A brief word on Rivers of London

Rivers-of-london

A while ago, my lovely friends Darren and Laura bought me a hardback, signed copy of Rivers of London. They reasoned that it looked to be exactly my cup of tea, and it was dedicated to a dear mutual friend of ours. It went on my to be read pile and then stayed there for a bit, because at the same time I got a kindle, and the whizzbang bit of tech was my new best friend.

            Well, just recently I decided that if I wasn’t going to shove the very lovely hardback into my handbag then I would bloody well get the ebook version and read that. The hardback remains pristine on a shelf… the point is, I recently finished Rivers of London and now I’m on to Moon Over Soho, and I’m very glad I got my finger out and read it, because these books are great.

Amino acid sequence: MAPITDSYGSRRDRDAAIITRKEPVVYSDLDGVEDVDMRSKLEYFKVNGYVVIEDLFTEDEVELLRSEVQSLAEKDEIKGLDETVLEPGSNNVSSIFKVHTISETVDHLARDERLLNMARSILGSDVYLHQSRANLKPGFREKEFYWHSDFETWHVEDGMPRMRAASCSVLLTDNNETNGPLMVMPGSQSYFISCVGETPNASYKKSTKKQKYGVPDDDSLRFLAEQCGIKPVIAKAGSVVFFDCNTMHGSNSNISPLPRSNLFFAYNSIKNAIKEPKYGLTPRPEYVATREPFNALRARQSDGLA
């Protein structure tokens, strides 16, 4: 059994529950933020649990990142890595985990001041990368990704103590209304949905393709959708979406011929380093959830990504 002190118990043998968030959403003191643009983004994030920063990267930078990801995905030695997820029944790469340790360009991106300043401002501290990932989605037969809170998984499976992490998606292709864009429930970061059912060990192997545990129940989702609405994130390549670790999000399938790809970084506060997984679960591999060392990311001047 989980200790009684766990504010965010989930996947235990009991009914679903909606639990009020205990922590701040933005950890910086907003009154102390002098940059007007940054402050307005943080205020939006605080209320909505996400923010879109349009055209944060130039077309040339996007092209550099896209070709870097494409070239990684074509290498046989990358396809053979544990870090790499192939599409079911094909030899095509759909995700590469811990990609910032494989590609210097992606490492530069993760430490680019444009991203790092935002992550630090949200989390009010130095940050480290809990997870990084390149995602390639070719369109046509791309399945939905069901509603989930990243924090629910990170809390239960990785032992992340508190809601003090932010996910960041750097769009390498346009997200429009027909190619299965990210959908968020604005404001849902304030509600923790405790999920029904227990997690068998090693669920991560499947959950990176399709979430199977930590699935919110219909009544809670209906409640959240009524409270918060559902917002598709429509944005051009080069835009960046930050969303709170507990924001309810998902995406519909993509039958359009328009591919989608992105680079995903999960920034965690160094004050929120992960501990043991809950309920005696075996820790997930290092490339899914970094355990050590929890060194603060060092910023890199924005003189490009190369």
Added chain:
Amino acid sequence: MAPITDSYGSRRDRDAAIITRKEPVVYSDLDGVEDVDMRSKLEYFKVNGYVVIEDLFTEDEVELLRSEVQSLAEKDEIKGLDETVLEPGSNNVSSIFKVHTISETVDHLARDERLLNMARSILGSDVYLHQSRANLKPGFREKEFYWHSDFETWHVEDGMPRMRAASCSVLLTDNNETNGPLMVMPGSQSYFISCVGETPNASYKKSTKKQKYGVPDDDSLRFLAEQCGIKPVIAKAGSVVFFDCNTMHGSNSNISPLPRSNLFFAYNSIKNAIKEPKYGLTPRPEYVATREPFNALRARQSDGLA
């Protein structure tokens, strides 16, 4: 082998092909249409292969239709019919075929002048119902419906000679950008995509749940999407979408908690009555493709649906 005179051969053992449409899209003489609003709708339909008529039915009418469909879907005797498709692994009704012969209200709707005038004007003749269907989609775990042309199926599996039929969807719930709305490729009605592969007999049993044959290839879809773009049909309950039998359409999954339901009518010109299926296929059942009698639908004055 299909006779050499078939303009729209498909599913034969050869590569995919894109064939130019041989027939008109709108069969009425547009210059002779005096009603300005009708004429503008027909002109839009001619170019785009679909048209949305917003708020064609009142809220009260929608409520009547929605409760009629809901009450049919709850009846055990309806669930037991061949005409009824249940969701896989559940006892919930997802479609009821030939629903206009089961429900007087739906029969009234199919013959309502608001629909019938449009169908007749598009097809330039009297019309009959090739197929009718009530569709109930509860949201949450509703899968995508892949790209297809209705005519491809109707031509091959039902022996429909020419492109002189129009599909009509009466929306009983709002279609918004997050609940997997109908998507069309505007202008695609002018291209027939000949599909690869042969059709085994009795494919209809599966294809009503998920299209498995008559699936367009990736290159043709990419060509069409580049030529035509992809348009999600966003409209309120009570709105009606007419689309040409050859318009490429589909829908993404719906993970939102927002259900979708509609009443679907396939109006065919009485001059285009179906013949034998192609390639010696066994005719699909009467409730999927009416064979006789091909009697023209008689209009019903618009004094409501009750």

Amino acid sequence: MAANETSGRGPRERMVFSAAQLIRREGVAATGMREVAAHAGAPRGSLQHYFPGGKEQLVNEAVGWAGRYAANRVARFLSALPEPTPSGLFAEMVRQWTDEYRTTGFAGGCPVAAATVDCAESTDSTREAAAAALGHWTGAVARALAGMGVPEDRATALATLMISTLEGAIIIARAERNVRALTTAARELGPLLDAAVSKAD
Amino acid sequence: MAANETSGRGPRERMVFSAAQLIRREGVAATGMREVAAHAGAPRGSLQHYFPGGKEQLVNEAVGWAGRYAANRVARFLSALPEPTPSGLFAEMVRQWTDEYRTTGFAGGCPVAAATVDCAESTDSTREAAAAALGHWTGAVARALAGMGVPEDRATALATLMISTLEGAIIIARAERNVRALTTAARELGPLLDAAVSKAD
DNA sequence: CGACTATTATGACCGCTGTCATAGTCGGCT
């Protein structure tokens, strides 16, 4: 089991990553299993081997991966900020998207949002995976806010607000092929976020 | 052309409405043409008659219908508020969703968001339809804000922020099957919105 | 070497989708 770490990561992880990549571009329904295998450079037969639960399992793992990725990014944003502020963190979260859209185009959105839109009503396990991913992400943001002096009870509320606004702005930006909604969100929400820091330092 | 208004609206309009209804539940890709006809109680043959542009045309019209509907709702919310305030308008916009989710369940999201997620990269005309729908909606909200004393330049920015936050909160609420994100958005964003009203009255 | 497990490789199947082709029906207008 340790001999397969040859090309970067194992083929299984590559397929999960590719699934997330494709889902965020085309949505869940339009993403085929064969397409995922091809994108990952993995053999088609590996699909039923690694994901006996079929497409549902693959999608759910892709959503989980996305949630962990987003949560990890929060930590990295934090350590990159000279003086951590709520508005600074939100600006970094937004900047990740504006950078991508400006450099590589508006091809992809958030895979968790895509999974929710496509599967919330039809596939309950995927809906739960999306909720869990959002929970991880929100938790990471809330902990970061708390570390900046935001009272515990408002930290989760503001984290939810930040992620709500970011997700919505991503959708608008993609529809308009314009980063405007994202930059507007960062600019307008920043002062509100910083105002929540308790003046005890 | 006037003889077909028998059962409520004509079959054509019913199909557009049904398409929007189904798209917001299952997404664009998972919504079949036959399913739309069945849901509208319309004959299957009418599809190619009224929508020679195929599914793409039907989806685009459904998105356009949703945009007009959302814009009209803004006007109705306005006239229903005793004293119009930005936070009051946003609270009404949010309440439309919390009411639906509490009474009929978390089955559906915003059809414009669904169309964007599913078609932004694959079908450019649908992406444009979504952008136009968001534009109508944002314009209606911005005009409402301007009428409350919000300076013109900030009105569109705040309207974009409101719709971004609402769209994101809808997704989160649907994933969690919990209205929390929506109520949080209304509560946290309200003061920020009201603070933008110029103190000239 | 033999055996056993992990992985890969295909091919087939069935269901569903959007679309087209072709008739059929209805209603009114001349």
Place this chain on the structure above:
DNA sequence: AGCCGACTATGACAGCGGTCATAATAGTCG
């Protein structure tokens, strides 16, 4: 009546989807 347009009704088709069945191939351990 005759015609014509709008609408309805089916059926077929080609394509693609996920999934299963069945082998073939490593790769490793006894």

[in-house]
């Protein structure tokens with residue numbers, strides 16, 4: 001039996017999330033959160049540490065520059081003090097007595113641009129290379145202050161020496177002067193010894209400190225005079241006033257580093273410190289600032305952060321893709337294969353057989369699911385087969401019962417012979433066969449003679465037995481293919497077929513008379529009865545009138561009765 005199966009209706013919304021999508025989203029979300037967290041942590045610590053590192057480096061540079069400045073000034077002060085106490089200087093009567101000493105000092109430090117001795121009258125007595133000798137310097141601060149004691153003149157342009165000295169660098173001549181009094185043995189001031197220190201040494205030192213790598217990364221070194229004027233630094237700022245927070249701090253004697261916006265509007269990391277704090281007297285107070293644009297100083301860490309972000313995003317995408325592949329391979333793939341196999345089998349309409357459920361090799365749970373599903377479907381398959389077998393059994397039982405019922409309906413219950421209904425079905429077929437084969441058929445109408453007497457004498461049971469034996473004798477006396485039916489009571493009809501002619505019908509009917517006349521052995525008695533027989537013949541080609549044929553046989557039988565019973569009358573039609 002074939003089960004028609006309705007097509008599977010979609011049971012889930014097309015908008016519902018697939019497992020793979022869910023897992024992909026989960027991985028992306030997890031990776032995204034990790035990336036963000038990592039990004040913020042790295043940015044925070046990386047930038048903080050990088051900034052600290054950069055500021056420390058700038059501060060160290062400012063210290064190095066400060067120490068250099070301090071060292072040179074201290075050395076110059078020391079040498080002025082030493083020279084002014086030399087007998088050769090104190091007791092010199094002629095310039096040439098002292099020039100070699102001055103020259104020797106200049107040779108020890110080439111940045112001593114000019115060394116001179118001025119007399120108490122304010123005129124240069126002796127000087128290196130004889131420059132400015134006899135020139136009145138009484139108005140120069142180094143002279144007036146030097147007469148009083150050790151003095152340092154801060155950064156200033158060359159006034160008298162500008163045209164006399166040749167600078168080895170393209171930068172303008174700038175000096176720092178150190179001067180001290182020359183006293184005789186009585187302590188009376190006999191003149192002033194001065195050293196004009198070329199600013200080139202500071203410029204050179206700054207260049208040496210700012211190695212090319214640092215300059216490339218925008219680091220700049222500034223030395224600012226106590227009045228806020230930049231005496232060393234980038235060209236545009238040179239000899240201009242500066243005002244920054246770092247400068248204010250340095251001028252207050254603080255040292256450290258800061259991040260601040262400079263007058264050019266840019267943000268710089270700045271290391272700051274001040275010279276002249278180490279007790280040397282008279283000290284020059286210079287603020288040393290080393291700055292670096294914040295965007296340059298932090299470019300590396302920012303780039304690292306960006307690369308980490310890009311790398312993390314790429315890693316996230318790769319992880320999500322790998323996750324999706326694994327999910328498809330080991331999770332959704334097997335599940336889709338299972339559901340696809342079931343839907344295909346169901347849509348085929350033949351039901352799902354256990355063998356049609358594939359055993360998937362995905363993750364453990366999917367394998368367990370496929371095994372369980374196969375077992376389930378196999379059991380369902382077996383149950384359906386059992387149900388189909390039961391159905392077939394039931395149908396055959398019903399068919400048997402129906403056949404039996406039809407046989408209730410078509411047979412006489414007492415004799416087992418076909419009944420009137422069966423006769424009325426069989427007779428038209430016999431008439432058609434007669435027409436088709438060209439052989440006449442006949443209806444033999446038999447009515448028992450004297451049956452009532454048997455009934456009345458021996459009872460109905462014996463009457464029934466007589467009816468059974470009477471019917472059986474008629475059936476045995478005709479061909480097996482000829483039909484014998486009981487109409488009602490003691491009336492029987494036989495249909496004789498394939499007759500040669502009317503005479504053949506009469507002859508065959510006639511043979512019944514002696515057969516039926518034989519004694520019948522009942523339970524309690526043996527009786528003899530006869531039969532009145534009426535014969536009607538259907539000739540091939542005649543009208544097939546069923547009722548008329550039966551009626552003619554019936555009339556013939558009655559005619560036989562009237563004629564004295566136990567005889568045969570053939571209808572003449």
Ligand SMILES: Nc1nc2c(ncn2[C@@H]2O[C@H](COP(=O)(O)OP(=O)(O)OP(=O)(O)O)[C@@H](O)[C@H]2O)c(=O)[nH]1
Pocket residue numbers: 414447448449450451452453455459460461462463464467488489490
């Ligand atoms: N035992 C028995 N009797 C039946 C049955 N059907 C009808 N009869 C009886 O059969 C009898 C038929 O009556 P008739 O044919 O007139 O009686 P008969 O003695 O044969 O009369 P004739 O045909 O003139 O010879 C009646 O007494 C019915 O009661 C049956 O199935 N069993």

I’ve read genre books before set in modern London, and apart from the fabulous Neverwhere I’ve never really connected with them. They never really felt like my London, the London I grew up in and work in and live in now, the London I love right down to my toes. Arronovitch knows the city and loves it, and he writes it brilliantly. It probably helps that he’s writing about places I have a fondness for (Soho, Covent Garden, Holborn) but it’s about more than that; PC Grant is a modern Londoner in every sense, and his droll affection for the city, wary street sense and family strife are London all over. Plus, he’s an immensely likeable and genuinely funny character; add that to a sprinkling of geeky references (how can you not love a book that mentions Doctor Who and Fringe and Playstations?) and a cast of supporting characters that brighten the story rather than distracting from it, and you’ve got a pretty top series of books, in my opinion. 

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